In an earlier generation of radio as a shared experience, there was a certain journey that broadcasters could count on. Kids of the ‘70s grew up on AM CHR, but switched to FM rock stations somewhere around age 12. (That played out again two decades later as Hip-Hop became the mass-appeal music even for top 40 fans in the late ‘90s, early ‘00s.) Radio sometimes tried to re-create this journey—gold-based AC was “yesterday’s fun, today’s soft rock”—but that ended with fragmentation

About six weeks ago, I aged out of 25-54 and began looking at the demo from the other side. This is a dangerous admission in our business. If we’re friended on Facebook, you’ve always known my real age, but I do notice that certain people who preceded me in the business by at least a few years seem to have somehow gotten younger than I am on social media. I’m happy to still be a productive member of the industry, and based on a lot of my interactions with readers who preceded me at radio, I’m not naïve about how lucky I am.

I didn’t wake up on my birthday and feel systematically disenfranchised by radio, not yet anyway. My own musical journey is too hard to re-create anywhere other than my music collection on shuffle, more because of its depth, breadth, and obscurity than because of the genres involved. I have lots of company in my eclecticism in this age of “everybody likes everything.” But the everything that everybody likes isn’t the same as my everything (or anybody else’s).

To the extent that radio was distancing itself from me, it was happening a while ago anyway. I have allegiances to music from the entire Classic Hits era, but the songs that first bonded me to radio—the best of 1967 to 1974—have been peeled off of the format for a decade now. And it’s not like “(I Wanna) Testify” by the Parliaments was ever part of the format in most places.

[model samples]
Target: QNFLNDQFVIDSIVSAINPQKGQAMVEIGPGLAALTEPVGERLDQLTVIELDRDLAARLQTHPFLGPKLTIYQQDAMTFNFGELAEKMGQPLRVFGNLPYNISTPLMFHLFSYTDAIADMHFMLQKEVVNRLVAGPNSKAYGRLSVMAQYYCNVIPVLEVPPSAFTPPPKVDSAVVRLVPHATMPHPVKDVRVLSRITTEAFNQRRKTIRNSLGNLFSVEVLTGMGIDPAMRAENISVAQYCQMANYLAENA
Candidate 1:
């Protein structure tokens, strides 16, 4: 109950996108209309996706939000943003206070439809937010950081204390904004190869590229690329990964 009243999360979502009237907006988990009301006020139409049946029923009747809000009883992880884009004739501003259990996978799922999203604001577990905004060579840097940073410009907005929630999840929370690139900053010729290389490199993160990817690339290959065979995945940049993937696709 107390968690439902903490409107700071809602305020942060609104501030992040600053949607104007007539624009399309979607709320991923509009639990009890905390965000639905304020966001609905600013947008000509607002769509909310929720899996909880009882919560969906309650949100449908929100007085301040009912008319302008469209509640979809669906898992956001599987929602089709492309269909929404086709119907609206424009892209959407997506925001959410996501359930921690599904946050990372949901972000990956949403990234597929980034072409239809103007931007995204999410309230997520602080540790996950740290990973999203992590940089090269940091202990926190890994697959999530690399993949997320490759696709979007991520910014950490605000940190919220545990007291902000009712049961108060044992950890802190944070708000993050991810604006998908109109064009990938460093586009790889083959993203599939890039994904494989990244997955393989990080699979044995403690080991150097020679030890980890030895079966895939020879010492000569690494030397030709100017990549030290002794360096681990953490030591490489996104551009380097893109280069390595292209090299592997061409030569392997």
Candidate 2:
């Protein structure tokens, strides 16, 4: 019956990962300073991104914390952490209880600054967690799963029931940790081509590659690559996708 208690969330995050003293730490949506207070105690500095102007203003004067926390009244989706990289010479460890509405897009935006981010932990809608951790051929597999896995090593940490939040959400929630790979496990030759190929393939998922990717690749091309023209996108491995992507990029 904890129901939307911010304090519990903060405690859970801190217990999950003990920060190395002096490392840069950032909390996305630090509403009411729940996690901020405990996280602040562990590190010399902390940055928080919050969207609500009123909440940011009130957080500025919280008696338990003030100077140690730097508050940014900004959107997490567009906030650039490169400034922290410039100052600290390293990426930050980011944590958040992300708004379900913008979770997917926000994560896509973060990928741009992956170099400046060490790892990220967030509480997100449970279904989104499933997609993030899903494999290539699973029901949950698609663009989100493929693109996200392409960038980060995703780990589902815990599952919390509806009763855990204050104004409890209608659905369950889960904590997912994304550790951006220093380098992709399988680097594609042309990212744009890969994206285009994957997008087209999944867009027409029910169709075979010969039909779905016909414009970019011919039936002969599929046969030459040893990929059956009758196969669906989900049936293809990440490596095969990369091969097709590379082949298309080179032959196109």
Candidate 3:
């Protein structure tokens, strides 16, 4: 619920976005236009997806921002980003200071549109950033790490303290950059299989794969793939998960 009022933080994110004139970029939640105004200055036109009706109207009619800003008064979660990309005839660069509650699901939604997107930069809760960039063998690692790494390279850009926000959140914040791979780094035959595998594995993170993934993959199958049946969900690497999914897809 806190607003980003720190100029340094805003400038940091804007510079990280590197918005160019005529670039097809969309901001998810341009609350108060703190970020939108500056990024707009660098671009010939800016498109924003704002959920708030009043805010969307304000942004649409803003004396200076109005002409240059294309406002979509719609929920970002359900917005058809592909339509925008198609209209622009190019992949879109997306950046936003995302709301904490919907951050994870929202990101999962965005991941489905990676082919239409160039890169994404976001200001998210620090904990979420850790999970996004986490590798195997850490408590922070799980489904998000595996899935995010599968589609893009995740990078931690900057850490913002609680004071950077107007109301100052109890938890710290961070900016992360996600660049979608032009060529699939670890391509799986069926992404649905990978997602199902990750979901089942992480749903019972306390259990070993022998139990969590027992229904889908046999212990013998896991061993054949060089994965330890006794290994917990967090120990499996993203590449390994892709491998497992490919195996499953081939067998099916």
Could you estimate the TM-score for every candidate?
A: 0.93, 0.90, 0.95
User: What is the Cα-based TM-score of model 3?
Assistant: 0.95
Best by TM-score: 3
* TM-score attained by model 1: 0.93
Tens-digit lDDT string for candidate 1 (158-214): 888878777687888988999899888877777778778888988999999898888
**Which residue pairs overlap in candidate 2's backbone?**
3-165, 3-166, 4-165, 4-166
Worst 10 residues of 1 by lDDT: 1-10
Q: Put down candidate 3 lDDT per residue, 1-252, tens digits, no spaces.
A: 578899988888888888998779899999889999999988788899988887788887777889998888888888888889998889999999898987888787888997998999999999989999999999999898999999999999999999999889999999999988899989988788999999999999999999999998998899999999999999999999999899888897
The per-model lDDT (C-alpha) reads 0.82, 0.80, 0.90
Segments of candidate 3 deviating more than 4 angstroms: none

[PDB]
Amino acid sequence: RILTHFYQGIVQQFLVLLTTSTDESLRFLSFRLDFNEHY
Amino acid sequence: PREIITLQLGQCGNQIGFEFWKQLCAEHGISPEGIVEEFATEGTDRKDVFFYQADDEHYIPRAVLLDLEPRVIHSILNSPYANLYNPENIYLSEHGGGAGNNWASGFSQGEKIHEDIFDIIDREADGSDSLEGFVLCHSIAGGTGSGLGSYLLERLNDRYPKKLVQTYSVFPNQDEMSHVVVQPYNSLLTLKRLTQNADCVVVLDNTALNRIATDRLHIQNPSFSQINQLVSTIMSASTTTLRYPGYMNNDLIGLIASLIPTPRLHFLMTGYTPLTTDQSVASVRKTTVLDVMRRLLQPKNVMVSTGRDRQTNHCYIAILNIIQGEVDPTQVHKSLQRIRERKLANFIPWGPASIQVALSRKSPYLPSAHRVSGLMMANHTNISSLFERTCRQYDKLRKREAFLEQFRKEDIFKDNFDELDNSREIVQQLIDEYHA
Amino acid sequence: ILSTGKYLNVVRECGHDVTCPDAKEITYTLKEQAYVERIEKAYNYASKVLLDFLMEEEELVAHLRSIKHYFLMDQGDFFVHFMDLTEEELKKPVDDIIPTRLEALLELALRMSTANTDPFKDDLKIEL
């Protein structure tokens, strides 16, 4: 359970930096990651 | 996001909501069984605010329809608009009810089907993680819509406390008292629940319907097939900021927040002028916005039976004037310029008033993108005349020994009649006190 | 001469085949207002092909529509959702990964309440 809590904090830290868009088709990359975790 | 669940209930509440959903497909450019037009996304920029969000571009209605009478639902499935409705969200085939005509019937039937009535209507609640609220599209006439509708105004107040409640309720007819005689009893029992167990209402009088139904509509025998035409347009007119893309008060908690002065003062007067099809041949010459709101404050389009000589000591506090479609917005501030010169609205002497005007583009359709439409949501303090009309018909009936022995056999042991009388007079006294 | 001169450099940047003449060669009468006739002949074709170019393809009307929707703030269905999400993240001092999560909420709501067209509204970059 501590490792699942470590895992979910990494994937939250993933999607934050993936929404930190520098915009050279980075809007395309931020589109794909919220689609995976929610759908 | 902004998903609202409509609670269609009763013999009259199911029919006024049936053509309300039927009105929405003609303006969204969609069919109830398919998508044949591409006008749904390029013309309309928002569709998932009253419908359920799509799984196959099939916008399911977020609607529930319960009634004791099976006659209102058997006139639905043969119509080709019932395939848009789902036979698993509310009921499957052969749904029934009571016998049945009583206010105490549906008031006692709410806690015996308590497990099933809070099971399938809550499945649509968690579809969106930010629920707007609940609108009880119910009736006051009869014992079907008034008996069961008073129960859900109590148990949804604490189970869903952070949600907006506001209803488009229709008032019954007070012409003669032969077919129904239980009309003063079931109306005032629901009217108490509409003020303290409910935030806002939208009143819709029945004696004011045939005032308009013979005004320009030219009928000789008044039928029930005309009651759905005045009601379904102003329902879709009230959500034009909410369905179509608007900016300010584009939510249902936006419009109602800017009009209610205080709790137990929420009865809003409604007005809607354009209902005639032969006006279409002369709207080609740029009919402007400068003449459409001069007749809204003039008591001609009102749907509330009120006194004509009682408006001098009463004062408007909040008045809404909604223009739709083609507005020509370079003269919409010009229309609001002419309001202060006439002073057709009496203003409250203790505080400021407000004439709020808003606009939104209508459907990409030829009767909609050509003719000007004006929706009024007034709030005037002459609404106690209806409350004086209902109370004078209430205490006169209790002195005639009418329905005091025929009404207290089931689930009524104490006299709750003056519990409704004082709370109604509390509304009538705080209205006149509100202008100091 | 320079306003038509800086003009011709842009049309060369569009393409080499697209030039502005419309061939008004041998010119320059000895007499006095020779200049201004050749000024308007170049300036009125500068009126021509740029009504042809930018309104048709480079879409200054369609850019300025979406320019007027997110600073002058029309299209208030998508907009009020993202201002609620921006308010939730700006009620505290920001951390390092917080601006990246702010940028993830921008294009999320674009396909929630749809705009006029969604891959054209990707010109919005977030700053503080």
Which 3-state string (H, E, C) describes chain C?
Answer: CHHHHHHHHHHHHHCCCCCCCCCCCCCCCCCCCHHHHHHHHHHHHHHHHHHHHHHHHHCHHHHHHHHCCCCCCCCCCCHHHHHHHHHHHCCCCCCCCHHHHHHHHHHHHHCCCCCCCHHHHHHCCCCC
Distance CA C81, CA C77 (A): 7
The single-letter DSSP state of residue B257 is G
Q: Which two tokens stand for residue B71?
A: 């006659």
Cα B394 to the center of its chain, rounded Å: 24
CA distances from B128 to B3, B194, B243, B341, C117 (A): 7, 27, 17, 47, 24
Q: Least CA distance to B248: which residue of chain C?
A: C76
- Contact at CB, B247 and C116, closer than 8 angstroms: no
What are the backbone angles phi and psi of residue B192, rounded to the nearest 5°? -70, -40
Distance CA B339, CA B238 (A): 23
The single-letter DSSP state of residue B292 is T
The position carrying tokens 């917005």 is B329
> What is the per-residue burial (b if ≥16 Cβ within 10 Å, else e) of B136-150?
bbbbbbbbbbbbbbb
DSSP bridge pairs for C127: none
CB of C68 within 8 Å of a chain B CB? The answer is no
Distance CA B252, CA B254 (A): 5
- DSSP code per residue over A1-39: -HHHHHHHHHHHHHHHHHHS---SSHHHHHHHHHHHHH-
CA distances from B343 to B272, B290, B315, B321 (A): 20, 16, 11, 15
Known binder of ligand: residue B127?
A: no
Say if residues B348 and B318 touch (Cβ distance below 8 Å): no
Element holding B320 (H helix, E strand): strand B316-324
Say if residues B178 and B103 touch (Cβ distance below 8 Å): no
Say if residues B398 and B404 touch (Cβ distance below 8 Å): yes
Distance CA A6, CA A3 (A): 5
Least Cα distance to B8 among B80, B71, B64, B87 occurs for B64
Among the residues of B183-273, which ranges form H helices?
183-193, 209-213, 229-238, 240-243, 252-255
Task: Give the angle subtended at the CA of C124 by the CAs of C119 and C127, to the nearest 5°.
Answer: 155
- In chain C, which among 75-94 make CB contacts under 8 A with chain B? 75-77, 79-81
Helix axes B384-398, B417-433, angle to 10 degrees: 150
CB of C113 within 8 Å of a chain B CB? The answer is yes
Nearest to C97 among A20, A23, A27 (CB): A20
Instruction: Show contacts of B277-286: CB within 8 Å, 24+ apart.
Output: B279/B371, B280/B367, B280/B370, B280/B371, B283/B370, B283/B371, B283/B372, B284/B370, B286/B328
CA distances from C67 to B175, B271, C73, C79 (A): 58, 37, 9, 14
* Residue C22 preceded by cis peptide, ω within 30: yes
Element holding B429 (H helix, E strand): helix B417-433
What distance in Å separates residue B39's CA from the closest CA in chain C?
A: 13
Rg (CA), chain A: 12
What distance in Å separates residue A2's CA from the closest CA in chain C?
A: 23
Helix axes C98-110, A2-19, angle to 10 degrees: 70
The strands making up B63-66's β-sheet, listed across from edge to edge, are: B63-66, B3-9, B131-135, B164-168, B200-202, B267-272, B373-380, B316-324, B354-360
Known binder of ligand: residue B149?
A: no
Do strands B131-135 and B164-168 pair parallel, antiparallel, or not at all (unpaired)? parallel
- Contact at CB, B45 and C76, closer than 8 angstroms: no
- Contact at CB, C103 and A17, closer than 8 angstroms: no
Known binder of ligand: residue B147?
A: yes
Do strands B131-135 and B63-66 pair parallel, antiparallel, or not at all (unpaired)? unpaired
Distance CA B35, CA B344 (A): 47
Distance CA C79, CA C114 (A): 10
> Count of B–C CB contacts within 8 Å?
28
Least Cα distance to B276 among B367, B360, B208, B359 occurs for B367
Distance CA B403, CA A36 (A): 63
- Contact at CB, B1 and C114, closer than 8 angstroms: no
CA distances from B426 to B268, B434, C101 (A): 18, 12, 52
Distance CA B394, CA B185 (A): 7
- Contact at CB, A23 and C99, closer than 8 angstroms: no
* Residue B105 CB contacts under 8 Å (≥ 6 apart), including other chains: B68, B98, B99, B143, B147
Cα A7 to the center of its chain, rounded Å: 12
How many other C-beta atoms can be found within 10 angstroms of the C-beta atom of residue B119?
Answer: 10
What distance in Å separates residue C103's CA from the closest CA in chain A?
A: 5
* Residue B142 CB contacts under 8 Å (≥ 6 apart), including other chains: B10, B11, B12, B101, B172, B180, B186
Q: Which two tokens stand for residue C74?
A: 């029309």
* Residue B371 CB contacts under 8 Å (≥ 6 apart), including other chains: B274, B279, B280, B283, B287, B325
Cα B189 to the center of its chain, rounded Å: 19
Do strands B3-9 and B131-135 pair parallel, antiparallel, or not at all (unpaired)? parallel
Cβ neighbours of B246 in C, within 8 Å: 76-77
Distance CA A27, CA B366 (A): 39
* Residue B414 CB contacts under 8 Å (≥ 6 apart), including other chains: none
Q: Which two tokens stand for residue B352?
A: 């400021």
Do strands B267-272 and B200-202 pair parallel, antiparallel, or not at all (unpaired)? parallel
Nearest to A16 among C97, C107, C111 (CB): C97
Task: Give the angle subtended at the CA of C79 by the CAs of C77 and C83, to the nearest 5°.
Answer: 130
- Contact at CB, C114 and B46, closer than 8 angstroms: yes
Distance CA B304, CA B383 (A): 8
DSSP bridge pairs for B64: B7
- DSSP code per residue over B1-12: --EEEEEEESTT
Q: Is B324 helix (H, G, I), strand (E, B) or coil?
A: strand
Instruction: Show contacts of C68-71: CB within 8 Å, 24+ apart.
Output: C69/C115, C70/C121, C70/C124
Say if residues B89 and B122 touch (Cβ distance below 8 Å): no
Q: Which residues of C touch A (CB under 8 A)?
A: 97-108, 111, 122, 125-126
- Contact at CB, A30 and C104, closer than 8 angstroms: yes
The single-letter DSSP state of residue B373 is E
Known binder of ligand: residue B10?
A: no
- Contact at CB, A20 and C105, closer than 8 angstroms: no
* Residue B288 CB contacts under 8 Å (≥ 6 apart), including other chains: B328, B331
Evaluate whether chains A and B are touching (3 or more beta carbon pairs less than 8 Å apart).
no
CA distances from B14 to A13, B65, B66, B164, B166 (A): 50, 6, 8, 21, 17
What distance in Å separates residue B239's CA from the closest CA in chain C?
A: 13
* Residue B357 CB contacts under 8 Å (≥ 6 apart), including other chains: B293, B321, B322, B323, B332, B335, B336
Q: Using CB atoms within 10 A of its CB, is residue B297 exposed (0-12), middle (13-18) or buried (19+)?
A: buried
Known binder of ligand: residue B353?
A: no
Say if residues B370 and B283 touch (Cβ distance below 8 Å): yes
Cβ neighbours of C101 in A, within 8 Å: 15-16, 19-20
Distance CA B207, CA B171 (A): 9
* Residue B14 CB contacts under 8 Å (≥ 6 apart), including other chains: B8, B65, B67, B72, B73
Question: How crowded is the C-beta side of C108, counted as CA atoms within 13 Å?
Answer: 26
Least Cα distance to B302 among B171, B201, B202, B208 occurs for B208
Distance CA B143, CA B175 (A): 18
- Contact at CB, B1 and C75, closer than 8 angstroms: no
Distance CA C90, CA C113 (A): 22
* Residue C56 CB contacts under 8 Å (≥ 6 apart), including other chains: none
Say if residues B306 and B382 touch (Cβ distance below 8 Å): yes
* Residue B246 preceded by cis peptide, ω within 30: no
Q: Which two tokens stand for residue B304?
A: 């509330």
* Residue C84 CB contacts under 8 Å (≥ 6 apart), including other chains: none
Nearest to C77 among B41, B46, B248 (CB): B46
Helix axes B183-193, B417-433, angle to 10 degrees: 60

My generation has some leverage now. We grew up with an allegiance to radio and we contribute a lot of the quarter-hours now. But it seems unlikely that radio will act upon it. Broadcasters now understand this, as well as the buying power of 55-year-olds, but most haven’t yet reached the point where they wish to argue about it with an advertiser. If broadcasters created more ancillary products beyond their own transmitter, they could reach these listeners (or grindcore fans). But many are not waiting around for broadcast to ask for the order (or not, in most cases.)

Credit Chicago’s MeTV FM, now syndicated by Envision, for asking for the order. I wonder on an ongoing basis how much of the music anybody grows up with is peeled away from them by time, even before radio makes the decision. MeTV FM has done well for itself on the assumption that the Class of 1978 remembers all of their music, not just those deemed enduring by other broadcasters. They’ve also managed to recreate the musical journey that once powered AC radio from ‘60s oldies to ‘70s singer-songwriters to ‘80s soft rock.

If other broadcasters wanted to reclaim my quarter-hours, they could, in fact, do it by making the music better for an 18-year-old. My dismay with today’s CHR product does make me wonder if I did wake up one morning unable to relate to the hits, but the ratings show that it isn’t just me. As somebody who does music research for a living, radio’s sophistication at surgically targeting demos is better than it was in 1980, but music that unifies the demos and decreases the need to do so is even better.